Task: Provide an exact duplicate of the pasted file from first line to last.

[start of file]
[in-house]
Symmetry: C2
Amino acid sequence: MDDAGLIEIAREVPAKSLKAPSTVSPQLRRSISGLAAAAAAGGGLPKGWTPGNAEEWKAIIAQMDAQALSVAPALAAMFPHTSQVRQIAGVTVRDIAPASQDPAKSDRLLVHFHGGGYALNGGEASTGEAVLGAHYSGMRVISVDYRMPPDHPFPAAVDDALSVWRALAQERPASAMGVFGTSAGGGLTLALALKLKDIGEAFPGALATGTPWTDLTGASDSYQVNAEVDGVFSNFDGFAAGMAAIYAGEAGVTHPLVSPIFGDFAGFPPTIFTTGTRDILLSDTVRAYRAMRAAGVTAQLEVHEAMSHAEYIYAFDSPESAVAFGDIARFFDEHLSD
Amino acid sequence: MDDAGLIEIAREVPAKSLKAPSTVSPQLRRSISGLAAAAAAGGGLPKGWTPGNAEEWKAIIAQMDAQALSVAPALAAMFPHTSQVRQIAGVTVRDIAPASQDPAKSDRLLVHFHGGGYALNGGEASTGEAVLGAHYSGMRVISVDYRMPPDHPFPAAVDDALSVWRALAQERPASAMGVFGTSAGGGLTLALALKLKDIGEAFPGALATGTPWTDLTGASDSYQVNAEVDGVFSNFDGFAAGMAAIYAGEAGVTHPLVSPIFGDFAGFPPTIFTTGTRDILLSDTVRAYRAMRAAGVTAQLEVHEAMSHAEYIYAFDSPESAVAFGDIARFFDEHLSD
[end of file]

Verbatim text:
[in-house]
Symmetry: C2
Amino acid sequence: MDDAGLIEIAREVPAKSLKAPSTVSPQLRRSISGLAAAAAAGGGLPKGWTPGNAEEWKAIIAQMDAQALSVAPALAAMFPHTSQVRQIAGVTVRDIAPASQDPAKSDRLLVHFHGGGYALNGGEASTGEAVLGAHYSGMRVISVDYRMPPDHPFPAAVDDALSVWRALAQERPASAMGVFGTSAGGGLTLALALKLKDIGEAFPGALATGTPWTDLTGASDSYQVNAEVDGVFSNFDGFAAGMAAIYAGEAGVTHPLVSPIFGDFAGFPPTIFTTGTRDILLSDTVRAYRAMRAAGVTAQLEVHEAMSHAEYIYAFDSPESAVAFGDIARFFDEHLSD
Amino acid sequence: MDDAGLIEIAREVPAKSLKAPSTVSPQLRRSISGLAAAAAAGGGLPKGWTPGNAEEWKAIIAQMDAQALSVAPALAAMFPHTSQVRQIAGVTVRDIAPASQDPAKSDRLLVHFHGGGYALNGGEASTGEAVLGAHYSGMRVISVDYRMPPDHPFPAAVDDALSVWRALAQERPASAMGVFGTSAGGGLTLALALKLKDIGEAFPGALATGTPWTDLTGASDSYQVNAEVDGVFSNFDGFAAGMAAIYAGEAGVTHPLVSPIFGDFAGFPPTIFTTGTRDILLSDTVRAYRAMRAAGVTAQLEVHEAMSHAEYIYAFDSPESAVAFGDIARFFDEHLSD